Any advise would be appreciated. At this point I'm not sure who to go to or
who to trust.
Thanks in advance to everyone ! Sorry for the long post.
Feb 10, '07
Kill 'em with kindness?? It cannot hurt to try. I don't know if this is feasable or not, but could you approach the nurses privately and say something like, "Have I done anything to offend you? I'd really like to keep working with you and I think you are a really competent/knowlegable nurse. I hope I haven't done something to upset you. Is there something I can do better?" and so on. Most people avoid confrontation and if you were to compliment her it might open some doors or start a dialogue for you to work things out without having an all out war. If this isn't a reasonable idea or doesn't work out, I would think filing a formal complaint using the chain of command like the others mentioned would be your only recourse. Please let us know how things work out!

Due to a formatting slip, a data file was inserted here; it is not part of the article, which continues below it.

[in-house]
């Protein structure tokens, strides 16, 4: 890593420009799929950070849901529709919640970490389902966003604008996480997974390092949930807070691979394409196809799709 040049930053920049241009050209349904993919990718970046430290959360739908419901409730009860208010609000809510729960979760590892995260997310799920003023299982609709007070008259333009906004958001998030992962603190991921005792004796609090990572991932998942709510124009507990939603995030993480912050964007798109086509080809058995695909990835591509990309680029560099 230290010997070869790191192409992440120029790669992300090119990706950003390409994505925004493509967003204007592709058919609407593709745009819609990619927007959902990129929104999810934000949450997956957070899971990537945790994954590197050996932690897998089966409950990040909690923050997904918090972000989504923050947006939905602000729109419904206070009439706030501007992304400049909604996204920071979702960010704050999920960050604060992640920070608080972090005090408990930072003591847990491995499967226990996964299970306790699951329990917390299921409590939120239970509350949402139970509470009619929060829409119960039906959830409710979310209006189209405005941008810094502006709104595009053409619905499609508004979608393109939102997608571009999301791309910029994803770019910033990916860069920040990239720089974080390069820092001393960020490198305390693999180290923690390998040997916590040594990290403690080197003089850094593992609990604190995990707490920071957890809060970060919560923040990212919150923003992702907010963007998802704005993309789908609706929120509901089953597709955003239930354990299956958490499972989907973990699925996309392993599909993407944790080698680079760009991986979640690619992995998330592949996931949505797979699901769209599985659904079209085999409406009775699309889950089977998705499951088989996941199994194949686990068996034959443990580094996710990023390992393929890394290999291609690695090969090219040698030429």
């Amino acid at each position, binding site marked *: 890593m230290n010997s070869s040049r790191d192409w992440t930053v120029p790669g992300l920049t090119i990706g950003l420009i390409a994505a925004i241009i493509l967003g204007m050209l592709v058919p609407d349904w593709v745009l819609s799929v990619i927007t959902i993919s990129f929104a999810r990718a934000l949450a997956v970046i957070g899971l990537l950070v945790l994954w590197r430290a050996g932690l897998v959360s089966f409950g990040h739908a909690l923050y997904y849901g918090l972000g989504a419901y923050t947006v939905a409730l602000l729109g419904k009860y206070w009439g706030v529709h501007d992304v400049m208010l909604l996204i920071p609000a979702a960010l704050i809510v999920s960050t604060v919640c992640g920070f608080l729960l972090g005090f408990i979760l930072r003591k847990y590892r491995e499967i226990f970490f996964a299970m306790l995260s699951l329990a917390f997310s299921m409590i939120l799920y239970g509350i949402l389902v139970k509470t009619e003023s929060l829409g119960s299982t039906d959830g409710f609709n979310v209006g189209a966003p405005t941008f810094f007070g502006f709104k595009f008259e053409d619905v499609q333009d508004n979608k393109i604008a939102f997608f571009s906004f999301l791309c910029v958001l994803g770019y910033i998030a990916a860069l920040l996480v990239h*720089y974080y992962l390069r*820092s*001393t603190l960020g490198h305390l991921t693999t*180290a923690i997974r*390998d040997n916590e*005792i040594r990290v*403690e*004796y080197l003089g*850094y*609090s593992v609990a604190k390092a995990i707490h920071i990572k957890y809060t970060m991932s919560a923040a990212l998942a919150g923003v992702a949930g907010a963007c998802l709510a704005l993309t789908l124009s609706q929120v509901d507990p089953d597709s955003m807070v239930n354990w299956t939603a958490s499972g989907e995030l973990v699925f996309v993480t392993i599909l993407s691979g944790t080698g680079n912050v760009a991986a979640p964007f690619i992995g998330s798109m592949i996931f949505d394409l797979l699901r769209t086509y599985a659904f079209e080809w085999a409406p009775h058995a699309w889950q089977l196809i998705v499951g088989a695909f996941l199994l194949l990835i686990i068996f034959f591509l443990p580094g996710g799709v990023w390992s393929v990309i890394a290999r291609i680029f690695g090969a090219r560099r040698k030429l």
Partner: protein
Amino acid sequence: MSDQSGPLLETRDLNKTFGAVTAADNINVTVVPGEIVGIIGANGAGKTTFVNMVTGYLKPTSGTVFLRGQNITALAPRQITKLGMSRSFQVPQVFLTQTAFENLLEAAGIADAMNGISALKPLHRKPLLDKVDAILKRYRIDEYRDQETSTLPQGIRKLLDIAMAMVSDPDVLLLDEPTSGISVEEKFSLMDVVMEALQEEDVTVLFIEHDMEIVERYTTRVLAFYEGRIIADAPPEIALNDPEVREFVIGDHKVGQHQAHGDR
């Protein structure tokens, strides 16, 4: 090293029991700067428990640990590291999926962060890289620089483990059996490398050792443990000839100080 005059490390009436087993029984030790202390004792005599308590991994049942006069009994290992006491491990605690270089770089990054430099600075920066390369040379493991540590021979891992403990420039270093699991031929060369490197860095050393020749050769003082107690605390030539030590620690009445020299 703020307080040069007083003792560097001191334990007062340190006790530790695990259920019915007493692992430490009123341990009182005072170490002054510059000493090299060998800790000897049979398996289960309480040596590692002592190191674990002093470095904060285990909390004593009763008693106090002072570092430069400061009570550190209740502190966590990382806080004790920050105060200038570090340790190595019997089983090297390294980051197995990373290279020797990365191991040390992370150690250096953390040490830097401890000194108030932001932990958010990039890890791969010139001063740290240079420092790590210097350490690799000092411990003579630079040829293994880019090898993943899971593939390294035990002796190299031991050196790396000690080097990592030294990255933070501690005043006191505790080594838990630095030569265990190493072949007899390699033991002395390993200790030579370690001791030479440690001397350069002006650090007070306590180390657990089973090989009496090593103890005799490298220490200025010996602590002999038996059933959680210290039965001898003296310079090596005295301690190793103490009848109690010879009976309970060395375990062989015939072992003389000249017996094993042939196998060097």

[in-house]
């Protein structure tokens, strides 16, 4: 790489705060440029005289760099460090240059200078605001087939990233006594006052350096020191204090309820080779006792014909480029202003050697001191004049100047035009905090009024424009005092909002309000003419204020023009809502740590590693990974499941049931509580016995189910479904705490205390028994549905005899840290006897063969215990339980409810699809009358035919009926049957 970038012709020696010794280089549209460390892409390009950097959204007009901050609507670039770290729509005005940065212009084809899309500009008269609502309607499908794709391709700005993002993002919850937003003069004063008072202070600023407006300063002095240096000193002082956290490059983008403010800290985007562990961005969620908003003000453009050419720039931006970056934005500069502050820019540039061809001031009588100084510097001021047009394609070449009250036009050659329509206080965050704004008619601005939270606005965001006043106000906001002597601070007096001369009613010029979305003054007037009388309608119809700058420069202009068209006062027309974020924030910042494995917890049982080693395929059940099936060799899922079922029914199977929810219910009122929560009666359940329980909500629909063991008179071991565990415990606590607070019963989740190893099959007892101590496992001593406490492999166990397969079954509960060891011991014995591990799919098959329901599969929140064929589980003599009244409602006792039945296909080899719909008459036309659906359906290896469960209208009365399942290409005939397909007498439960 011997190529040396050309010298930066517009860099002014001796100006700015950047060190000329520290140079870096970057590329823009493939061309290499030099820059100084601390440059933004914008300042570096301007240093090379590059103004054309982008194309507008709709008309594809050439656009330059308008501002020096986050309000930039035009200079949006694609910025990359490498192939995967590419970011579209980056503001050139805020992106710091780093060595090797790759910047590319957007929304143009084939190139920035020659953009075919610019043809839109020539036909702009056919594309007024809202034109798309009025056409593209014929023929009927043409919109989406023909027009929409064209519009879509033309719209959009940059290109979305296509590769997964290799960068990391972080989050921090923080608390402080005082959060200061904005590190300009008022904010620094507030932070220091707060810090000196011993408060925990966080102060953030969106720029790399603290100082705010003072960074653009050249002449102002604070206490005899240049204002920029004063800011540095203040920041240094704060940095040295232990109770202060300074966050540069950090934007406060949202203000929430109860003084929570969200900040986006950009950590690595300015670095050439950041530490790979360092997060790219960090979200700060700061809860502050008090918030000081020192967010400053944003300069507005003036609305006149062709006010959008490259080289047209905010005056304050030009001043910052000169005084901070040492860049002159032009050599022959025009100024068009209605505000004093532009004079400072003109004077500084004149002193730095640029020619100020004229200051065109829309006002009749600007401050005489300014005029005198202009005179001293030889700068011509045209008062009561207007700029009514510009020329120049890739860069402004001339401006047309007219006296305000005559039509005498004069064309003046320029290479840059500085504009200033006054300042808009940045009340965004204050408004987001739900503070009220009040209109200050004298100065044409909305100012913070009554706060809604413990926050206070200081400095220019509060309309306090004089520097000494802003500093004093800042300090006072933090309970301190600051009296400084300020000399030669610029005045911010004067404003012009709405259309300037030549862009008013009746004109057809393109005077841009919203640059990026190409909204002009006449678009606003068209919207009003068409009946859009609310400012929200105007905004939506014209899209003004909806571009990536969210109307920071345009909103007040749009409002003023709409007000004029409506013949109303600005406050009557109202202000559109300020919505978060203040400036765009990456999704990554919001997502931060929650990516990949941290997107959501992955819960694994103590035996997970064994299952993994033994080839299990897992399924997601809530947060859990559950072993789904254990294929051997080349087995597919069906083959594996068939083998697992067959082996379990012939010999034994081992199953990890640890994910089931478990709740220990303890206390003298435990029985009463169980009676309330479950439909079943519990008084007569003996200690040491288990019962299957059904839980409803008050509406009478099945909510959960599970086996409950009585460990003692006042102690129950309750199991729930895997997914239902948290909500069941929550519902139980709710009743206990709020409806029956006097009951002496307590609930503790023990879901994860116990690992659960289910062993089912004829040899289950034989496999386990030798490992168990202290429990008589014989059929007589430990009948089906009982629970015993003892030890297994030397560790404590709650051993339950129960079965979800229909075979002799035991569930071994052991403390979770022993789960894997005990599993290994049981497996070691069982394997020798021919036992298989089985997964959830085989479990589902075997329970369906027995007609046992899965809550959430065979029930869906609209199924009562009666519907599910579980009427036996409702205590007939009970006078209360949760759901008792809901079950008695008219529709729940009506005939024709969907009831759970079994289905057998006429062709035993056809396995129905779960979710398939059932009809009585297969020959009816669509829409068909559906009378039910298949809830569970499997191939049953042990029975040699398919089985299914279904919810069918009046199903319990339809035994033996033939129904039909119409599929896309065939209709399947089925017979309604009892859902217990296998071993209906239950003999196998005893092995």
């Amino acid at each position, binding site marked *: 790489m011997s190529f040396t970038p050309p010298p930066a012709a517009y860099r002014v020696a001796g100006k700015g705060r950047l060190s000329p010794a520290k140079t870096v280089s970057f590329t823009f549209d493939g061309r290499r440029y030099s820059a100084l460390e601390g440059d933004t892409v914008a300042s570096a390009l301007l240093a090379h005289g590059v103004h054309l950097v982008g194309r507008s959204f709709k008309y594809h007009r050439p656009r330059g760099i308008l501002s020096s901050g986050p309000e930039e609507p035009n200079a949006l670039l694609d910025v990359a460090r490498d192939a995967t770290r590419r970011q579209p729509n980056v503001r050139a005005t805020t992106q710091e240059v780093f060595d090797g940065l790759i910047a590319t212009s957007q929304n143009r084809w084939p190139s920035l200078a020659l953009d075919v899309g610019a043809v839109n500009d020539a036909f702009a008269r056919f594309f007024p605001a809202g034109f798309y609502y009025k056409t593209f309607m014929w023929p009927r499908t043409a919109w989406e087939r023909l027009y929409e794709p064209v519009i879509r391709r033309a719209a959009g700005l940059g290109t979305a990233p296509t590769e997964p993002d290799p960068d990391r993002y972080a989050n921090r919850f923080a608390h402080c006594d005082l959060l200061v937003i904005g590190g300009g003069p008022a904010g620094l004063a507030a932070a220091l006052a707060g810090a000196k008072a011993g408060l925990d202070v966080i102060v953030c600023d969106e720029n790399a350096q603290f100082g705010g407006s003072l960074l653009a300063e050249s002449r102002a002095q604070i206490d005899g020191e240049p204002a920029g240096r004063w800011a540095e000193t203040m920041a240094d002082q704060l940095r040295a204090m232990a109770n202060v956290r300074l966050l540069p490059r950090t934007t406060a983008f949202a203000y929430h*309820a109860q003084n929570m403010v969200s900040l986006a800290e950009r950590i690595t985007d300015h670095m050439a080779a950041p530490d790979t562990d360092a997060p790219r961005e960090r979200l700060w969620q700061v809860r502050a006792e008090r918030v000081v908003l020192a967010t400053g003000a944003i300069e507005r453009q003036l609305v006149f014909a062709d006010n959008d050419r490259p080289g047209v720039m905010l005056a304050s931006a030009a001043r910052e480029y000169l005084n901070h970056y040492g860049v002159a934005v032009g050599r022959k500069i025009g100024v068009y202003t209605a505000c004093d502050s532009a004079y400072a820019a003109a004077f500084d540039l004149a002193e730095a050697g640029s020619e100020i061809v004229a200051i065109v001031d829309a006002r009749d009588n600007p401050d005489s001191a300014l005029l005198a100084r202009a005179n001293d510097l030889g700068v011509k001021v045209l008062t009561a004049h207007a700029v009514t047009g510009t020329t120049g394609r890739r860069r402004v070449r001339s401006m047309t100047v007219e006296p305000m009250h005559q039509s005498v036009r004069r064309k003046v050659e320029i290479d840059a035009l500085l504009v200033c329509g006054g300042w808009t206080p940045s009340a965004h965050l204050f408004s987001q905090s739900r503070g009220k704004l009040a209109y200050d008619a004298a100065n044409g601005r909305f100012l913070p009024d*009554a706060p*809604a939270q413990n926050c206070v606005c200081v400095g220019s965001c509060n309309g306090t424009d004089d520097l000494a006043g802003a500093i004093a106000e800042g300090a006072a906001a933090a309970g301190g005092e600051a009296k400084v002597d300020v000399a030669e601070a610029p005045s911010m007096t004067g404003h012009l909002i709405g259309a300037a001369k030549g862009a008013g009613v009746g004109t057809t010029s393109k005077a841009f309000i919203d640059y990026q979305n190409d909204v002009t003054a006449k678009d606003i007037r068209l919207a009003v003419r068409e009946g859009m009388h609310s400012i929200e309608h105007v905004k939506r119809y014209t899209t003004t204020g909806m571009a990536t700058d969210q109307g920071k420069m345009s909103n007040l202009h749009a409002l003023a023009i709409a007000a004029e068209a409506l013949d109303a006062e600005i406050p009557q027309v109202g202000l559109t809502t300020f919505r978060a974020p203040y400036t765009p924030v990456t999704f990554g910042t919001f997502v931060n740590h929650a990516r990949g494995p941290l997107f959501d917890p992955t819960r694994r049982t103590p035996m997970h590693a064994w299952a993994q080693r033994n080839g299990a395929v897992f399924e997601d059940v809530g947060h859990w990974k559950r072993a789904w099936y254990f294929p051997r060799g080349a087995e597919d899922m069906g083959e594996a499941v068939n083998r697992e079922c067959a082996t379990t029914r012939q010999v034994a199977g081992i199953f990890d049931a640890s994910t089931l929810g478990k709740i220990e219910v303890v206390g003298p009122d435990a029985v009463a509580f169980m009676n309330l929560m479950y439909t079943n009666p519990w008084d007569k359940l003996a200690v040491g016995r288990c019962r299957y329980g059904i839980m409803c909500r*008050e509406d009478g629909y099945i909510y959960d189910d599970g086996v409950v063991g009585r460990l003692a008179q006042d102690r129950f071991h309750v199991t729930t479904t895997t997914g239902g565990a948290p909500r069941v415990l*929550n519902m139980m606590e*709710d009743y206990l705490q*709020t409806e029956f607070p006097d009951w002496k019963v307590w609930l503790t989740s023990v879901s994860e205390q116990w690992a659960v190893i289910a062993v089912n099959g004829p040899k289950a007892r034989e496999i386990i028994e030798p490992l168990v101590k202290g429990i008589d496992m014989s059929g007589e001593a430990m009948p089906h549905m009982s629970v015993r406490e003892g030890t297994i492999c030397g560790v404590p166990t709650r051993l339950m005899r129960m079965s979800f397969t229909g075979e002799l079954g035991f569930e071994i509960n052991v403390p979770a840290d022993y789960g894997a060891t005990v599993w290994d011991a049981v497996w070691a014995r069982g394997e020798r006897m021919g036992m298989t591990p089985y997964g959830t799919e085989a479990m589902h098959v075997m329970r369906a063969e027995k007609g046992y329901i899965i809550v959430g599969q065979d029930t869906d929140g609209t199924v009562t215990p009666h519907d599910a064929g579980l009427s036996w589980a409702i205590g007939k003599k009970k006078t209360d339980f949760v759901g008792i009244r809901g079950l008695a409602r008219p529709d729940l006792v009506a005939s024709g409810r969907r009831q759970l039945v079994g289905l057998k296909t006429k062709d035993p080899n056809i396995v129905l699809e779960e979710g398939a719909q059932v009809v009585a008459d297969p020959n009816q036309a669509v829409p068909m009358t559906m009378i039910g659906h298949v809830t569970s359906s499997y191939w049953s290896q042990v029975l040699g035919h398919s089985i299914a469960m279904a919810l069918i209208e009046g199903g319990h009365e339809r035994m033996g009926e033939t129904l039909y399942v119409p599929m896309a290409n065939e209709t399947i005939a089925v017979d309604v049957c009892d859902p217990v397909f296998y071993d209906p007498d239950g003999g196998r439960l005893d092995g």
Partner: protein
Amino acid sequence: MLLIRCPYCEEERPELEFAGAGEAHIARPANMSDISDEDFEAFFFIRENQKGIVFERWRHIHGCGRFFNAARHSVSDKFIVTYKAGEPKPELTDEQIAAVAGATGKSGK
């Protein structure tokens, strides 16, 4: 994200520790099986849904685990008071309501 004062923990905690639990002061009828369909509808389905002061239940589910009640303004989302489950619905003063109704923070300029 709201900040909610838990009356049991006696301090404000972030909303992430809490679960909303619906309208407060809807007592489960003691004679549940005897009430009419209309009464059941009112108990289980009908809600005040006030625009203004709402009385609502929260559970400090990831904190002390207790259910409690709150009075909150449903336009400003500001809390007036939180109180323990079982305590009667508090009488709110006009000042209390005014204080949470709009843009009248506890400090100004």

I wanted to add that I have had to swallow my pride and be humble in the past to keep things pleasant. Although I hated it, I sucked it up. Even if you are in the right, it is hard for others not to accept an apology or compliment! Most people find it hard to be nasty when you ask for their help and show them kindness even if you are seething below the surface. It is not an easy thing to do but it may help. Good luck!
Last edit by NurseNadine on Feb 10, '07
: Reason: more explanation
Feb 20, '07